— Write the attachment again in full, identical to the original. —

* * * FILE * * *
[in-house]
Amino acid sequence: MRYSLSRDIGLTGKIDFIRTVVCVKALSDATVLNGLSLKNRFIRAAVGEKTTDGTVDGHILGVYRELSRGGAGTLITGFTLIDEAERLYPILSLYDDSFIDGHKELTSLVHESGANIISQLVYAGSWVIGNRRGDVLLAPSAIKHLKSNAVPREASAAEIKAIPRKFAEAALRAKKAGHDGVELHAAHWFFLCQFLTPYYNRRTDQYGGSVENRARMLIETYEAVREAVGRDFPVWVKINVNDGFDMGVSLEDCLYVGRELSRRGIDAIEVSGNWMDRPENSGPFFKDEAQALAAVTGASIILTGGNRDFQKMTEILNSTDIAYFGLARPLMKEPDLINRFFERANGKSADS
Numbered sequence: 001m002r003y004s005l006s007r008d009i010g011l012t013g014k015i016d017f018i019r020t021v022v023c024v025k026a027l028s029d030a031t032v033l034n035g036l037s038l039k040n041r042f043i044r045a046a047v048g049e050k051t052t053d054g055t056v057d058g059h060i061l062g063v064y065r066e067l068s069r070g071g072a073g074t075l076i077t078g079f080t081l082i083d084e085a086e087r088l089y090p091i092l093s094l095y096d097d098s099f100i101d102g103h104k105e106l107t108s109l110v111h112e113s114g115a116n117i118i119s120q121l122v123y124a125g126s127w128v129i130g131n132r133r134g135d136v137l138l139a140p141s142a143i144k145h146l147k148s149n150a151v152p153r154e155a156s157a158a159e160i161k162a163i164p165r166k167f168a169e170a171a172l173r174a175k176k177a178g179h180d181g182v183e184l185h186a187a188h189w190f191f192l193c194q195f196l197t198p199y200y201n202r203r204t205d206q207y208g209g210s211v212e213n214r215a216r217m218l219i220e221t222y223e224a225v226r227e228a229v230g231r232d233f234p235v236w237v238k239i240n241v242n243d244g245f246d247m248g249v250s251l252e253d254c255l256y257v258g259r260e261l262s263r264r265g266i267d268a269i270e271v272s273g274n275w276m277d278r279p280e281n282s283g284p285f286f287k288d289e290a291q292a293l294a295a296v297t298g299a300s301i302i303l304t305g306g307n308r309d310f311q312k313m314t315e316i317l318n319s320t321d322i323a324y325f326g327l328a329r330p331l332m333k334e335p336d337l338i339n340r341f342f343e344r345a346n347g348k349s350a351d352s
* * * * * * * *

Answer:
[in-house]
Amino acid sequence: MRYSLSRDIGLTGKIDFIRTVVCVKALSDATVLNGLSLKNRFIRAAVGEKTTDGTVDGHILGVYRELSRGGAGTLITGFTLIDEAERLYPILSLYDDSFIDGHKELTSLVHESGANIISQLVYAGSWVIGNRRGDVLLAPSAIKHLKSNAVPREASAAEIKAIPRKFAEAALRAKKAGHDGVELHAAHWFFLCQFLTPYYNRRTDQYGGSVENRARMLIETYEAVREAVGRDFPVWVKINVNDGFDMGVSLEDCLYVGRELSRRGIDAIEVSGNWMDRPENSGPFFKDEAQALAAVTGASIILTGGNRDFQKMTEILNSTDIAYFGLARPLMKEPDLINRFFERANGKSADS
Numbered sequence: 001m002r003y004s005l006s007r008d009i010g011l012t013g014k015i016d017f018i019r020t021v022v023c024v025k026a027l028s029d030a031t032v033l034n035g036l037s038l039k040n041r042f043i044r045a046a047v048g049e050k051t052t053d054g055t056v057d058g059h060i061l062g063v064y065r066e067l068s069r070g071g072a073g074t075l076i077t078g079f080t081l082i083d084e085a086e087r088l089y090p091i092l093s094l095y096d097d098s099f100i101d102g103h104k105e106l107t108s109l110v111h112e113s114g115a116n117i118i119s120q121l122v123y124a125g126s127w128v129i130g131n132r133r134g135d136v137l138l139a140p141s142a143i144k145h146l147k148s149n150a151v152p153r154e155a156s157a158a159e160i161k162a163i164p165r166k167f168a169e170a171a172l173r174a175k176k177a178g179h180d181g182v183e184l185h186a187a188h189w190f191f192l193c194q195f196l197t198p199y200y201n202r203r204t205d206q207y208g209g210s211v212e213n214r215a216r217m218l219i220e221t222y223e224a225v226r227e228a229v230g231r232d233f234p235v236w237v238k239i240n241v242n243d244g245f246d247m248g249v250s251l252e253d254c255l256y257v258g259r260e261l262s263r264r265g266i267d268a269i270e271v272s273g274n275w276m277d278r279p280e281n282s283g284p285f286f287k288d289e290a291q292a293l294a295a296v297t298g299a300s301i302i303l304t305g306g307n308r309d310f311q312k313m314t315e316i317l318n319s320t321d322i323a324y325f326g327l328a329r330p331l332m333k334e335p336d337l338i339n340r341f342f343e344r345a346n347g348k349s350a351d352s